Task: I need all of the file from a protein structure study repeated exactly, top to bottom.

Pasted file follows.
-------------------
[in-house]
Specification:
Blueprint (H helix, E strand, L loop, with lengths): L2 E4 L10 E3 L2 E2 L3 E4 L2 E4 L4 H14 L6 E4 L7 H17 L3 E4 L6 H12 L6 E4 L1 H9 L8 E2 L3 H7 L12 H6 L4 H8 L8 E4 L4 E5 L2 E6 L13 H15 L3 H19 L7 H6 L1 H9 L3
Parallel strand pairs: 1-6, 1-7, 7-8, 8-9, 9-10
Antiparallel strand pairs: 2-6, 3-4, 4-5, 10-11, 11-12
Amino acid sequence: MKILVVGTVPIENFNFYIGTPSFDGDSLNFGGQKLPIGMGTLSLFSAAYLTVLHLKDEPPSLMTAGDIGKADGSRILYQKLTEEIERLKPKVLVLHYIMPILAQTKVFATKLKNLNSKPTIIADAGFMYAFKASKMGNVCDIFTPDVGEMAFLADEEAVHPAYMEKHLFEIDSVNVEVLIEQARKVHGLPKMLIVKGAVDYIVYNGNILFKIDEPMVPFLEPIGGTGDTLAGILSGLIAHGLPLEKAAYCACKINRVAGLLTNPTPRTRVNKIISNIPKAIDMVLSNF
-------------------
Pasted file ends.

[in-house]
Specification:
Blueprint (H helix, E strand, L loop, with lengths): L2 E4 L10 E3 L2 E2 L3 E4 L2 E4 L4 H14 L6 E4 L7 H17 L3 E4 L6 H12 L6 E4 L1 H9 L8 E2 L3 H7 L12 H6 L4 H8 L8 E4 L4 E5 L2 E6 L13 H15 L3 H19 L7 H6 L1 H9 L3
Parallel strand pairs: 1-6, 1-7, 7-8, 8-9, 9-10
Antiparallel strand pairs: 2-6, 3-4, 4-5, 10-11, 11-12
Amino acid sequence: MKILVVGTVPIENFNFYIGTPSFDGDSLNFGGQKLPIGMGTLSLFSAAYLTVLHLKDEPPSLMTAGDIGKADGSRILYQKLTEEIERLKPKVLVLHYIMPILAQTKVFATKLKNLNSKPTIIADAGFMYAFKASKMGNVCDIFTPDVGEMAFLADEEAVHPAYMEKHLFEIDSVNVEVLIEQARKVHGLPKMLIVKGAVDYIVYNGNILFKIDEPMVPFLEPIGGTGDTLAGILSGLIAHGLPLEKAAYCACKINRVAGLLTNPTPRTRVNKIISNIPKAIDMVLSNF